How much will it cost Marilee to maintain her '04 RAV4 each year? Find out.
I listen to your radio show almost every week and have learned a lot. But right now my life is going through a great change, since my husband wants a divorce. I need to know how to plan for car maintenance and its costs. I have a 2004 RAV4 (in his name), and I love it. It has 31,000 miles on it, and I have kept up with the oil changes. But I haven't a clue as to how to budget for its maintenance. Can you help me? -- Marilee
TOM: Well, the first thing you can do to save money, Marilee, is to make sure you hold on to the RAV4 in the divorce. Tell him he can have the Jaguar. He'll be confused, but trust us.
RAY: You're lucky, because you have a car that's relatively new, and it's a car that's known for its reliability and infrequent need for repairs. So, you're off to a good start.
TOM: I would say that you should plan to have the car serviced once or twice a year, at the mileage intervals called for by Toyota (7,500, 15,000, 22,500, etc.). Some of those will be "minor services," and some will be "major services."
RAY: What's the difference between a minor service and a major service? About 300 bucks.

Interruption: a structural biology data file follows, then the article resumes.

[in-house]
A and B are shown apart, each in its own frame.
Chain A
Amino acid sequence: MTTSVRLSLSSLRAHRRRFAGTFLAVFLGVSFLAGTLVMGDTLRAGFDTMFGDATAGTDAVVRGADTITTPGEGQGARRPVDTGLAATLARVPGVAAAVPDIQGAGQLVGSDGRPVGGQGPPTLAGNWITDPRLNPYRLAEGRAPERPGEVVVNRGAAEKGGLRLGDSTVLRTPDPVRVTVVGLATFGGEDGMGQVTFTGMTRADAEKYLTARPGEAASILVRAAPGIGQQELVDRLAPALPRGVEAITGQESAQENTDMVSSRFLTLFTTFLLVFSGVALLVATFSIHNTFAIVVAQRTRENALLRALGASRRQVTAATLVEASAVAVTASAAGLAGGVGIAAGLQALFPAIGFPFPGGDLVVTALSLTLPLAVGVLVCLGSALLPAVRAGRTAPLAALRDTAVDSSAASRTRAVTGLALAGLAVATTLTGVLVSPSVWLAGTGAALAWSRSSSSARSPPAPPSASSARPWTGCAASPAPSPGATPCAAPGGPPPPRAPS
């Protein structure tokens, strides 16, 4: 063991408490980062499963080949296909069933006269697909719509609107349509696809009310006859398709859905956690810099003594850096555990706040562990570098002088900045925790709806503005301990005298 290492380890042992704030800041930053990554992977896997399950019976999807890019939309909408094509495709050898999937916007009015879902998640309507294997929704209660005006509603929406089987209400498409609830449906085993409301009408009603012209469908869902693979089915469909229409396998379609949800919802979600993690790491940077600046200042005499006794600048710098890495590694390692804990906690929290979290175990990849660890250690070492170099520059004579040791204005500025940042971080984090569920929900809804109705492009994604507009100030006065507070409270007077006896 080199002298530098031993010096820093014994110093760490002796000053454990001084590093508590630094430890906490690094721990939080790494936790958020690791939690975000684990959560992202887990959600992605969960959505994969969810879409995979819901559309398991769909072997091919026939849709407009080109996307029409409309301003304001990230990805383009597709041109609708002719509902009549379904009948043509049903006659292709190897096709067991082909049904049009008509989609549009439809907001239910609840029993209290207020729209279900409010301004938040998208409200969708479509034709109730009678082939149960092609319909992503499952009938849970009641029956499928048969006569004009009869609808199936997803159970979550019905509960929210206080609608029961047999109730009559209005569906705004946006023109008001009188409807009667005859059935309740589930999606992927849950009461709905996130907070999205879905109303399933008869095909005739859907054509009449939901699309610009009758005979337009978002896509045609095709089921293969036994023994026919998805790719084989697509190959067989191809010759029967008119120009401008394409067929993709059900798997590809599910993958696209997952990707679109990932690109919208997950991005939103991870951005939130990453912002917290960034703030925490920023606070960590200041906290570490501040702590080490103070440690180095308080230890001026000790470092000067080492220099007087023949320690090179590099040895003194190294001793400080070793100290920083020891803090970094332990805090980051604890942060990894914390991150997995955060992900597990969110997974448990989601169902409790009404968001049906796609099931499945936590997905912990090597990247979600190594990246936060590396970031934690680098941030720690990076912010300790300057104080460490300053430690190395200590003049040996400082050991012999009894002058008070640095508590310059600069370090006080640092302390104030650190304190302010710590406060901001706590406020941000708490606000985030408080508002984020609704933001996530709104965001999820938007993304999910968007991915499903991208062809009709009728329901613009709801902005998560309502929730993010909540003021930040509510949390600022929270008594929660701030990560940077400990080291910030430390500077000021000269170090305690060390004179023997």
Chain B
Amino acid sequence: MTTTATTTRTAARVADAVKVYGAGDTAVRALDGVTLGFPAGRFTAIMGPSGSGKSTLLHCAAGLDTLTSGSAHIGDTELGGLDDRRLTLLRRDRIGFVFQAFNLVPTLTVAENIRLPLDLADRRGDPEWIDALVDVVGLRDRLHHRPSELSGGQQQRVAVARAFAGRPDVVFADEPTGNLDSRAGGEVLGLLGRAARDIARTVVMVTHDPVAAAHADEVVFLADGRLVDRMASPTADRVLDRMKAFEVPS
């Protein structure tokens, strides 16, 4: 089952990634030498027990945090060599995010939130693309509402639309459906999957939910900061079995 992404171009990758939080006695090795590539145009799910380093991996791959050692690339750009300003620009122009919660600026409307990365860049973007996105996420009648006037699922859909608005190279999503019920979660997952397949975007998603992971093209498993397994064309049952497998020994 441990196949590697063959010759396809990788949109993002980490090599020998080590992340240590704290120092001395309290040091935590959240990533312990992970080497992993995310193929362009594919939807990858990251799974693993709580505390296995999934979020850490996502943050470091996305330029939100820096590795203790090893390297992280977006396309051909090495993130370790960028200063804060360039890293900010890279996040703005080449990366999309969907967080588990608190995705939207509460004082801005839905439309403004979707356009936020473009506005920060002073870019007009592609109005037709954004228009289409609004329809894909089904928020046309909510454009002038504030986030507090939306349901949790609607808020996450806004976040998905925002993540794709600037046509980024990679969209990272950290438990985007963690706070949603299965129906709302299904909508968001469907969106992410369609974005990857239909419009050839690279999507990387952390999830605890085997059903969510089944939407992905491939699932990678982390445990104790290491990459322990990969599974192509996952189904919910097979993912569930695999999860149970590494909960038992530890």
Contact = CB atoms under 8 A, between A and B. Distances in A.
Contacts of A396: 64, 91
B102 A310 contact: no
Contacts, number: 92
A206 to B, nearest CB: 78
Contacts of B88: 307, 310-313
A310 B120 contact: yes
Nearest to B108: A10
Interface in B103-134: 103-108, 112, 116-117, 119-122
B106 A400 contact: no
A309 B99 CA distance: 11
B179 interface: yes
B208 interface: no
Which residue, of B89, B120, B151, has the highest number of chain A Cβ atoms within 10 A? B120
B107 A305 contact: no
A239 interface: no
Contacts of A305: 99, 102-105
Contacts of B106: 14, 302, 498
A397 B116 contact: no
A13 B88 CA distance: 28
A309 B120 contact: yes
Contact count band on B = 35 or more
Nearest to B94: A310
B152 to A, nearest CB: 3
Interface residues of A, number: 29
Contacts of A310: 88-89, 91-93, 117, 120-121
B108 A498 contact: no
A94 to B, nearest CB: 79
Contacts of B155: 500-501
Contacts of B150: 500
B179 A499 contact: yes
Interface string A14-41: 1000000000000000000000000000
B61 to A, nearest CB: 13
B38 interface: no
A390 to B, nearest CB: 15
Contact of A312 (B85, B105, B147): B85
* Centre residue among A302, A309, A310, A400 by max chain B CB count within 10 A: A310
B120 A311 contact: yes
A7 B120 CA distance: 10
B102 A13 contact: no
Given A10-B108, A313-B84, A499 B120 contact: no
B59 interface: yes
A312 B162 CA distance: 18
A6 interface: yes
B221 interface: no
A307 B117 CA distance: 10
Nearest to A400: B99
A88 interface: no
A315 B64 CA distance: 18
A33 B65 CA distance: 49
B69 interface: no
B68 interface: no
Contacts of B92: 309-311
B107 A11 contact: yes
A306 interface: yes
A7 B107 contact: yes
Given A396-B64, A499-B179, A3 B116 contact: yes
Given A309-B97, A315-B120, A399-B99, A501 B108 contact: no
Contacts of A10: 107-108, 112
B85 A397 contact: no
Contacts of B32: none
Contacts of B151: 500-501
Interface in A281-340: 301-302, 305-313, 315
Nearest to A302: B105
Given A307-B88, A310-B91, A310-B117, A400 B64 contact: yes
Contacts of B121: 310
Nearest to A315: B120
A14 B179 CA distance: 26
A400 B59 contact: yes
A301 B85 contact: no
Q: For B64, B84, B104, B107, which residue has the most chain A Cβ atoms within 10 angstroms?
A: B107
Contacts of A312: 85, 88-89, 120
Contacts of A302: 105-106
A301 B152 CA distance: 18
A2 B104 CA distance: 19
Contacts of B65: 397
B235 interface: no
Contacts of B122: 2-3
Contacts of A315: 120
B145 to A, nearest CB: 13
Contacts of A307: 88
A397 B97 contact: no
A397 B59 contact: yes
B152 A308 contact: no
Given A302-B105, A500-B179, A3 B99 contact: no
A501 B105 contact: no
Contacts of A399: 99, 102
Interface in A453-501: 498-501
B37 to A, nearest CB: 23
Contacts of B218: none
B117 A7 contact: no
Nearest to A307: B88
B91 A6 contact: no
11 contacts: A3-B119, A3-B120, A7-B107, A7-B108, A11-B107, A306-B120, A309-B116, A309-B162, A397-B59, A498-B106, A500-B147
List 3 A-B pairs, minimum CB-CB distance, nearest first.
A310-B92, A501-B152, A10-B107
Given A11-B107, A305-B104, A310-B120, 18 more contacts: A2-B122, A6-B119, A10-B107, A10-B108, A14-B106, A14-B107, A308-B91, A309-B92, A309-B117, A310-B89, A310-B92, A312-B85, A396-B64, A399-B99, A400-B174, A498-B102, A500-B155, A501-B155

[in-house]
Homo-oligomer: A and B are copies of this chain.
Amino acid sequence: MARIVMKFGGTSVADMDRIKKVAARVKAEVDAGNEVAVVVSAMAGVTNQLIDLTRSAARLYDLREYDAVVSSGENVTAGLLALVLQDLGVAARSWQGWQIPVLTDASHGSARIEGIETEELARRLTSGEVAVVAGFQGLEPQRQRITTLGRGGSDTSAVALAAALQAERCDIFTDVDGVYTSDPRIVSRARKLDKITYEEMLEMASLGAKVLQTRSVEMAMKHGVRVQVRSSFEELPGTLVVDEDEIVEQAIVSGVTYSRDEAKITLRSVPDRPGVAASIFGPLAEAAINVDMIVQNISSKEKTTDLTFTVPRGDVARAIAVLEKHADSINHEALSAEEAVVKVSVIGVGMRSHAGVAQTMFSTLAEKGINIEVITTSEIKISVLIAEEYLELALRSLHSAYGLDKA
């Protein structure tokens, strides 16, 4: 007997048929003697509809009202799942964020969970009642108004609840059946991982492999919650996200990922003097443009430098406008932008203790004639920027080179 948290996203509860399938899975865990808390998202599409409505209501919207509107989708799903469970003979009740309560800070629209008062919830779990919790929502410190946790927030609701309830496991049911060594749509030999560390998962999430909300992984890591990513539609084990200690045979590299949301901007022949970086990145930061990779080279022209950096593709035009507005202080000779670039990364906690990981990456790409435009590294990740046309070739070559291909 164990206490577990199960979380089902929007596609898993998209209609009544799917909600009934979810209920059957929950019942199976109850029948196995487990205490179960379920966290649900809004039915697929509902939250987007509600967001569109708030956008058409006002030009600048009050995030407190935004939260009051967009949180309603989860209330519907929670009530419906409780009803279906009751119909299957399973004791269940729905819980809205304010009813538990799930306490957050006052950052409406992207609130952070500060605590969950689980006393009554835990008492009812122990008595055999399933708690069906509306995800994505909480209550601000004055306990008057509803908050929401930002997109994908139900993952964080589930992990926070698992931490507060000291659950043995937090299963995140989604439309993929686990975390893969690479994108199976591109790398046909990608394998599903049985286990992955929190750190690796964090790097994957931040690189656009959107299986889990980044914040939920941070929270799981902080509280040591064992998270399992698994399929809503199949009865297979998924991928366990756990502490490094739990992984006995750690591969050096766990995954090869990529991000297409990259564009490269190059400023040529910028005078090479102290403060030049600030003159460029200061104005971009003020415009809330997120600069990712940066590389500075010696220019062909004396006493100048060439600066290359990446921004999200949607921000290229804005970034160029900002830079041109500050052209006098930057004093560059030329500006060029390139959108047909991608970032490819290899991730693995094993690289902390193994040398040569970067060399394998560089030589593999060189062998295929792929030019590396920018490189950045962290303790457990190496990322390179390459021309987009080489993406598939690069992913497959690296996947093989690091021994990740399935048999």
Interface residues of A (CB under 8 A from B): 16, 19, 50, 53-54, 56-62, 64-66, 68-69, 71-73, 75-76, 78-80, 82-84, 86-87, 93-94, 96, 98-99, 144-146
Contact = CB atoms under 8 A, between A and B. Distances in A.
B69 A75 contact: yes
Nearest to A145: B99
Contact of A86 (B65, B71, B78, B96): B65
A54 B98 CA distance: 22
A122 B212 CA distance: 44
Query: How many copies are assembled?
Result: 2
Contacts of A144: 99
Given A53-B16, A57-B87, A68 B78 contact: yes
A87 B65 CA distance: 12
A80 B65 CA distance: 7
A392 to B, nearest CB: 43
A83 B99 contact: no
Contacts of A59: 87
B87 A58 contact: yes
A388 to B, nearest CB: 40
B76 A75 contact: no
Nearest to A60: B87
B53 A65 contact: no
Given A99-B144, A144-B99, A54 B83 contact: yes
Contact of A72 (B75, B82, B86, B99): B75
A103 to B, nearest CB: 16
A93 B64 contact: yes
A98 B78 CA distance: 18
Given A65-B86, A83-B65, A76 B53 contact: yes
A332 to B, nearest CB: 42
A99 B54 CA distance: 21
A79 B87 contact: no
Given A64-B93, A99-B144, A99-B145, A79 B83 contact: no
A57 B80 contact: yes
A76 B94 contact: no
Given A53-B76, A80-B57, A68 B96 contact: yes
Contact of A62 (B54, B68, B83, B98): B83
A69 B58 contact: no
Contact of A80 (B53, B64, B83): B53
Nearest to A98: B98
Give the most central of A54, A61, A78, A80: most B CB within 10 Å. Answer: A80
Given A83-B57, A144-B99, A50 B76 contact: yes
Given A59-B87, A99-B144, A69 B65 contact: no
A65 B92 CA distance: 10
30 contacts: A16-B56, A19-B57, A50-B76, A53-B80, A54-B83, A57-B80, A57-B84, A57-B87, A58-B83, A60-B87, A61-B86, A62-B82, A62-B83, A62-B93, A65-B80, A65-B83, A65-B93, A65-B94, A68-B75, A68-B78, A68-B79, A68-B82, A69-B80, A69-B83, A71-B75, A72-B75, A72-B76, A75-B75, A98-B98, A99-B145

TOM: All services include oil and filter changes. In addition to that, minor services usually involve checking a bunch of stuff. Major services involve actually replacing stuff.
RAY: And if I had to take a wild guess, I'd say that if you have it serviced at an independent garage rather than at the dealer, you'll probably spend about $500-$600 a year on these services. All you need to do is bring your owner's manual to a reliable independent shop, and they can do all the services Toyota lists as "required."
TOM: If you don't already have a mechanic you trust, check out the "Mechanics Files" at our Web site, www.cartalk.com. It's a database of good mechanics, personally recommended by other readers and our radio-show listeners.
RAY: In addition to the money you earmark for regular maintenance, you also should put aside some money for repairs and replacements. At some point you'll need brakes, tires, shocks and probably some sort of mechanical repair work. If you put aside another $400 a year, and carry it over from year to year and bank it if you don't use it, I think that should cover most of your needs.
TOM: So $1,000 a year for maintenance and repairs should cover you, Marilee. But just to be sure, have your lawyer demand another $500 a year for a fuzzy-dice allowance.